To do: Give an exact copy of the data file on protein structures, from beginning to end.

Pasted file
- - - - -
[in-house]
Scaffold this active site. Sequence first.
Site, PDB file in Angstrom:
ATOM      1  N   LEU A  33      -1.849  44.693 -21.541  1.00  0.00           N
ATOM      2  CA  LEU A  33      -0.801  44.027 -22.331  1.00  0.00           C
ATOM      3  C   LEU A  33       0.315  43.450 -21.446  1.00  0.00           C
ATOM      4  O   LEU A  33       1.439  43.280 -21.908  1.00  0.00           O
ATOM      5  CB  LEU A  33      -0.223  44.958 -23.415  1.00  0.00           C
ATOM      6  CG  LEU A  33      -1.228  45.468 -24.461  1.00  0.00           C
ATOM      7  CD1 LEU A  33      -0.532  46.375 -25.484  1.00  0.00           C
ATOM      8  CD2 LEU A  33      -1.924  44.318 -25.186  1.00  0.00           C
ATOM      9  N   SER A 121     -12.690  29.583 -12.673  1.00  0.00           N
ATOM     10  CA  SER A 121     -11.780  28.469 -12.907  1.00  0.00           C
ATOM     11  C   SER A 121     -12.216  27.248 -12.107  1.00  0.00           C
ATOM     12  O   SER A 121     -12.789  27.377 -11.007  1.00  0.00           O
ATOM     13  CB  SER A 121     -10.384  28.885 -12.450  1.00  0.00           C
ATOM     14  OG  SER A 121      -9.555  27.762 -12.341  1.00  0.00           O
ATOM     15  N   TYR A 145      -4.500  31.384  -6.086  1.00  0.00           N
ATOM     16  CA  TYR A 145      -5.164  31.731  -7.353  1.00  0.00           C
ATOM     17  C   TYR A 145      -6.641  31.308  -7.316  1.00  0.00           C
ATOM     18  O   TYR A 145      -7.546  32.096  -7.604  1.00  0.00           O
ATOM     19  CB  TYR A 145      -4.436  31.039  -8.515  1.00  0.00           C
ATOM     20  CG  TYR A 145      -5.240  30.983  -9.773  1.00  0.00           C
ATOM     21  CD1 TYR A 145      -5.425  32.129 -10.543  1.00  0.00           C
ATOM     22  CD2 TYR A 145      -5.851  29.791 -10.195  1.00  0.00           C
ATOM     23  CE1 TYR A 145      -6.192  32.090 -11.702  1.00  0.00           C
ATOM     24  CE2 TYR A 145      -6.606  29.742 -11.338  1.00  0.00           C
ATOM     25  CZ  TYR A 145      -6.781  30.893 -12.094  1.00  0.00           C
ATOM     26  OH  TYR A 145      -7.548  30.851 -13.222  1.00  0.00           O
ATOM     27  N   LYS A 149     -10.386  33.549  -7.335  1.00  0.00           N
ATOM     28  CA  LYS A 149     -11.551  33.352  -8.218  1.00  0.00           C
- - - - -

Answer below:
[in-house]
Scaffold this active site. Sequence first.
Site, PDB file in Angstrom:
ATOM      1  N   LEU A  33      -1.849  44.693 -21.541  1.00  0.00           N
ATOM      2  CA  LEU A  33      -0.801  44.027 -22.331  1.00  0.00           C
ATOM      3  C   LEU A  33       0.315  43.450 -21.446  1.00  0.00           C
ATOM      4  O   LEU A  33       1.439  43.280 -21.908  1.00  0.00           O
ATOM      5  CB  LEU A  33      -0.223  44.958 -23.415  1.00  0.00           C
ATOM      6  CG  LEU A  33      -1.228  45.468 -24.461  1.00  0.00           C
ATOM      7  CD1 LEU A  33      -0.532  46.375 -25.484  1.00  0.00           C
ATOM      8  CD2 LEU A  33      -1.924  44.318 -25.186  1.00  0.00           C
ATOM      9  N   SER A 121     -12.690  29.583 -12.673  1.00  0.00           N
ATOM     10  CA  SER A 121     -11.780  28.469 -12.907  1.00  0.00           C
ATOM     11  C   SER A 121     -12.216  27.248 -12.107  1.00  0.00           C
ATOM     12  O   SER A 121     -12.789  27.377 -11.007  1.00  0.00           O
ATOM     13  CB  SER A 121     -10.384  28.885 -12.450  1.00  0.00           C
ATOM     14  OG  SER A 121      -9.555  27.762 -12.341  1.00  0.00           O
ATOM     15  N   TYR A 145      -4.500  31.384  -6.086  1.00  0.00           N
ATOM     16  CA  TYR A 145      -5.164  31.731  -7.353  1.00  0.00           C
ATOM     17  C   TYR A 145      -6.641  31.308  -7.316  1.00  0.00           C
ATOM     18  O   TYR A 145      -7.546  32.096  -7.604  1.00  0.00           O
ATOM     19  CB  TYR A 145      -4.436  31.039  -8.515  1.00  0.00           C
ATOM     20  CG  TYR A 145      -5.240  30.983  -9.773  1.00  0.00           C
ATOM     21  CD1 TYR A 145      -5.425  32.129 -10.543  1.00  0.00           C
ATOM     22  CD2 TYR A 145      -5.851  29.791 -10.195  1.00  0.00           C
ATOM     23  CE1 TYR A 145      -6.192  32.090 -11.702  1.00  0.00           C
ATOM     24  CE2 TYR A 145      -6.606  29.742 -11.338  1.00  0.00           C
ATOM     25  CZ  TYR A 145      -6.781  30.893 -12.094  1.00  0.00           C
ATOM     26  OH  TYR A 145      -7.548  30.851 -13.222  1.00  0.00           O
ATOM     27  N   LYS A 149     -10.386  33.549  -7.335  1.00  0.00           N
ATOM     28  CA  LYS A 149     -11.551  33.352  -8.218  1.00  0.00           C